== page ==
It’s hard for me to sit back and witness the utter disappointing state of US politics when it comes to Muslims and Muslim countries.
I was born and raised in New Jersey, I love a good bagel, and defend my NJ shores against the stereotyping of the “Jersey Shore” fist-pumping shenanigans. I love NJ. And to an extent, I love America.
America was the country my Afghan family found refuge in. They left Afghanistan at the brink of the Soviet War, fleeing to Pakistan for a short time before gaining entrance into the US in the late 1980s.
America is the country I waved a red, white, and blue flag every year as I stared into the sky in awe of the fireworks and how they majestically lit up the darkened sky for a few seconds. It is the only home I know, with childhood memories in almost every part of the same neighborhood I have lived in all of my life.
Then came 2001. As I looked at the TV of live images of the beautiful towers I had just visited only a few years prior, a sense of confusion came over in my 10 year-old self. What happened? Why did this happen?
I did not understand what had happened any more than my classmates who pointed out I was Muslim and a ‘terrorist’ by association. I remember seeing Afghanistan at the front page of this ‘war on terror’ term that President George W. Bush famously coined.
When I asked my dad why Afghanistan was in the news, I remember him giving a long sigh finally telling me, “There are a lot of bad people…it’s complicated.”
Looking back now, I can’t decide whether it was, and still is, complicated or not. Is choosing justice and equality such a difficult concept? Or is it the unwillingness to sacrifice power that disables equality and catapults an entire nation into lawlessness?
America was the country my family came to, hoping that their children would never have to sacrifice their childhood in the wake of violence.
And yet with each year that I studied American politics and history, I realized what my family escaped to. A country that was oftentimes the perpetrator of violence against so many families around the world who looked like me, spoke the same language as me, and celebrated the same religious holidays as me. It wasn’t just a childhood these children sacrificed; in many cases it was their lives.
I realized that no matter how ‘American’ I outwardly expressed myself, and what my birth certificate proved, my name and my appearance would always signify I was not truly American in the eyes of the mainly white, middle class America.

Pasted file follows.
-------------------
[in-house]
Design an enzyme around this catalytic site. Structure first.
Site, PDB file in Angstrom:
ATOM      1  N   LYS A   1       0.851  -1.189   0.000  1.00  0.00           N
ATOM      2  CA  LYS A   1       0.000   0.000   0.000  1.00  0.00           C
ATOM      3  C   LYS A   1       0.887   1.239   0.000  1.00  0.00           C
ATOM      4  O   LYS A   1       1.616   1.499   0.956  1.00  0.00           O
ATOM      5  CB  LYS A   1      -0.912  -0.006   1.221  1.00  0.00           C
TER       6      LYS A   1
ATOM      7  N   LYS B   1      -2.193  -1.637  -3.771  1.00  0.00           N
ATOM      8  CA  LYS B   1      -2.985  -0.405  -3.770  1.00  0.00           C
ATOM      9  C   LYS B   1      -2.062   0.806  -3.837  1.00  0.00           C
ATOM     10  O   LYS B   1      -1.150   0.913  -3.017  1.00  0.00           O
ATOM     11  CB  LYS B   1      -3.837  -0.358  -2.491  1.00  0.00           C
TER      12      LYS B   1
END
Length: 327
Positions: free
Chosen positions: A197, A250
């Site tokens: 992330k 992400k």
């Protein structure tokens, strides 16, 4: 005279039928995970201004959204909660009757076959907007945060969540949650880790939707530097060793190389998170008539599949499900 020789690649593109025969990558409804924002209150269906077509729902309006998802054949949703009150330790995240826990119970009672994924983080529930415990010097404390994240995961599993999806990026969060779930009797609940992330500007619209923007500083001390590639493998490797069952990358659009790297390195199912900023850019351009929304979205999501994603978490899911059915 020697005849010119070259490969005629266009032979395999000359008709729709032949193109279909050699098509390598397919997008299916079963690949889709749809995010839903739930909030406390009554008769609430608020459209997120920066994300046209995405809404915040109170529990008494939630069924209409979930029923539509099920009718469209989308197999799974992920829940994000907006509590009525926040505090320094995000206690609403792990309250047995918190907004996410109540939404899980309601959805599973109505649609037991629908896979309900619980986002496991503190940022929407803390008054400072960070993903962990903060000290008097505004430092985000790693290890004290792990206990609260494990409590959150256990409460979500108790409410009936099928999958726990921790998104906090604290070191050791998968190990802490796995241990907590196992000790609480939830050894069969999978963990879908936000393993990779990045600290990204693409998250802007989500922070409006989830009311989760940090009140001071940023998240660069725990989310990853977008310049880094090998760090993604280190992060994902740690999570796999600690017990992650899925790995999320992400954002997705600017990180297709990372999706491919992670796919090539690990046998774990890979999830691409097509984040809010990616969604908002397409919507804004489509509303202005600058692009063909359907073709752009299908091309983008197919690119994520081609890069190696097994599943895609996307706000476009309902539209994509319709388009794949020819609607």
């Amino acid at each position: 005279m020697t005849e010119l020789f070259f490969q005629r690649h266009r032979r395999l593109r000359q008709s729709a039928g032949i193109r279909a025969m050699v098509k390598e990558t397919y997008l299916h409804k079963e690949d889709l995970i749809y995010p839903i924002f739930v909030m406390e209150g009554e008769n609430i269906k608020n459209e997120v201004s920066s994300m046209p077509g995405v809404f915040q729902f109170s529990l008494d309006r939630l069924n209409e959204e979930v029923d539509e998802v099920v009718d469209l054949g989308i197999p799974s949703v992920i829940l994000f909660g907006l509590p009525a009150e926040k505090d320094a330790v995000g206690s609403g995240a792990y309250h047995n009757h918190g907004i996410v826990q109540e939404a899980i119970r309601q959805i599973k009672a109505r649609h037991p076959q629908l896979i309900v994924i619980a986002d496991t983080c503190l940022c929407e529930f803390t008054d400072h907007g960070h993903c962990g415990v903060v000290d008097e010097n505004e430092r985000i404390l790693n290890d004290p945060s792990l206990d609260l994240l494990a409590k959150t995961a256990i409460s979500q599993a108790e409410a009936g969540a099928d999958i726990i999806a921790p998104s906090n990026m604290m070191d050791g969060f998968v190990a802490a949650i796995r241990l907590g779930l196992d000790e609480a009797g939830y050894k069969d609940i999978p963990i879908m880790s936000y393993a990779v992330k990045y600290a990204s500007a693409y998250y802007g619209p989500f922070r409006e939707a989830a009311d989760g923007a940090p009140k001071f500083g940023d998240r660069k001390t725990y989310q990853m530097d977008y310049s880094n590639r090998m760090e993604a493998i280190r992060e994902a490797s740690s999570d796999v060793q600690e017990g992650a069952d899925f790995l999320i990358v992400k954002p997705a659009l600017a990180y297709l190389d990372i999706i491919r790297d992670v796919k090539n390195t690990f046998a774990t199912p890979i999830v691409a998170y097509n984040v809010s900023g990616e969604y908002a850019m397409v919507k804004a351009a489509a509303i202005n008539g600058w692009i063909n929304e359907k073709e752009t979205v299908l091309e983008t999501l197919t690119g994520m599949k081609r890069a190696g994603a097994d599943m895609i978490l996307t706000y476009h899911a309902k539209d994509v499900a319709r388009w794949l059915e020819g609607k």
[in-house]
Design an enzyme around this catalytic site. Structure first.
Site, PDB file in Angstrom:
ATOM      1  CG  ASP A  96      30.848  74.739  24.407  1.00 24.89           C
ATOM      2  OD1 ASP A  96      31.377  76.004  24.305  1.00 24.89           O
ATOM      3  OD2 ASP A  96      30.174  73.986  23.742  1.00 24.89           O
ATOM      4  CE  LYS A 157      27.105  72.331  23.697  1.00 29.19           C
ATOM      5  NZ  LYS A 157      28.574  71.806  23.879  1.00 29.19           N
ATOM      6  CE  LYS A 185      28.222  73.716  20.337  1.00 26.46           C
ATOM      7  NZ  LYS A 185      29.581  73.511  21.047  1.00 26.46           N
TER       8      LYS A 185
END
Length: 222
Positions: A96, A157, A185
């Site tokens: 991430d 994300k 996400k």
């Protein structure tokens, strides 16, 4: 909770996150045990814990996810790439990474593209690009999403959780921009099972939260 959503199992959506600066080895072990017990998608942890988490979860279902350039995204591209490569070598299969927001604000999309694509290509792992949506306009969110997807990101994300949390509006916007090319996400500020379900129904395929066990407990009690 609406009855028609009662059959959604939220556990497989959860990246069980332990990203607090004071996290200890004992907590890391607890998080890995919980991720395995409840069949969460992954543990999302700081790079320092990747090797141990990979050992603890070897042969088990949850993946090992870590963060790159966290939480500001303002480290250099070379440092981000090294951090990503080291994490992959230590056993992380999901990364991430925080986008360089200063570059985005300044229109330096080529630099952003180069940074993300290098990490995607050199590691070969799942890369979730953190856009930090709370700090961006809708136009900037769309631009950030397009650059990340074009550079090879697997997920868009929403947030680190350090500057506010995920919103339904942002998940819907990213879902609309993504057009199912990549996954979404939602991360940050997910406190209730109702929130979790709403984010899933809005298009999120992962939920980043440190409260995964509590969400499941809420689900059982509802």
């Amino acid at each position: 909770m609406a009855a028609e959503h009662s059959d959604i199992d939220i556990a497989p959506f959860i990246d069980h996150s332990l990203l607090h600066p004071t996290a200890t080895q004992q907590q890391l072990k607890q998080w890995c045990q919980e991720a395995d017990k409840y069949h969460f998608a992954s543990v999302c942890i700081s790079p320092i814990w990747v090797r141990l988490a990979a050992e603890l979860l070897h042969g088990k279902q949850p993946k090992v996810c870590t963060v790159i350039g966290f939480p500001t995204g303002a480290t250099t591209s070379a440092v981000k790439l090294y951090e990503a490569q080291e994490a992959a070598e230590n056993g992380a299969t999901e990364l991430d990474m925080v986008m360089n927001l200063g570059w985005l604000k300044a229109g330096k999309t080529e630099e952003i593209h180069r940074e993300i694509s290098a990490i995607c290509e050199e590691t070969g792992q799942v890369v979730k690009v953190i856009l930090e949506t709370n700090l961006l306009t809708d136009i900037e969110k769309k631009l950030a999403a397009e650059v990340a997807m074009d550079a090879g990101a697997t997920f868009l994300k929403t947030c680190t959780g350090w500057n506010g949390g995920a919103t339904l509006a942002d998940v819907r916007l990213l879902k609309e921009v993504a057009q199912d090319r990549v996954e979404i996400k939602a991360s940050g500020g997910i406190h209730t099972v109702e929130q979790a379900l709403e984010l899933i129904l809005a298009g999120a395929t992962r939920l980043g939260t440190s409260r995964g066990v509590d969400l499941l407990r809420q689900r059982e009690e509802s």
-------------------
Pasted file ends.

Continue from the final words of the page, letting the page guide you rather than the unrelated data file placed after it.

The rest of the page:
It seems the US feels the same way. Recent reports revealed massive surveillance under the Bush and Obama administrations of Muslim Americans across the country. They, like me, had parents who came here hoping to provide a better chance of success to their children. And what did they receive in return for their success? Distrust from the country they loved and betrayal from the country that shaped their own personal American dream.
Forget about the obvious unconstitutionality of the issue. Forget the broad interpretation of the Patriot Act that the Obama administration used to justify this surveillance and just for a moment think of the social consequences this will have for American Muslim communities across the country.
Of the hundreds, the five men who were revealed as targets were in positions of power: lawyers, politicians, activists… These are Muslim-Americans who believed in the constitution of the US and in the political structure of this country to bring justice to those treated unjustly.
And yet still, a non “American” name will land you on a mass surveillance list issued by the government regardless of the fact that you consider yourself American through and through; regardless of the citizenship you have proving this to be true.
You, rather we, are “Mohammad Raghead” to the highest officials in government. We have become targets and suspects through connotation that stems off our religious beliefs and in many cases, our cultural background. We have become guilty of something simply because we are Muslim and American.
As though the two are counterintuitive or not compatible.
Because the message of this entire surveillance ordeal aims to discredit any “American”-ness and show to all Mohammad’s and Fatima’s across the country that we cannot be American while being Muslim; that we cannot be trusted.
Because being American is a apparently a friendly neighbor that can do no harm, while being Muslim, by unfortunate connotation, is being the enemy regardless of our “American”-ness.
Which further raises the question: is America at war with Islam and all Muslims? Or just the really bad guys that the entire sane world, including Muslims, denounce as fanatical idiots?
I couldn’t tell you. But being suspicious of your own citizens who happen to be Muslim sure doesn’t send the right message. Nor does defending Israel’s right to defend itself in a room full of Muslims at a White House iftar.
How did things come this far? Actually, don’t answer that… Wouldn’t want you to land on that list either.
(Unless you are not Muslim, you can share your thoughts).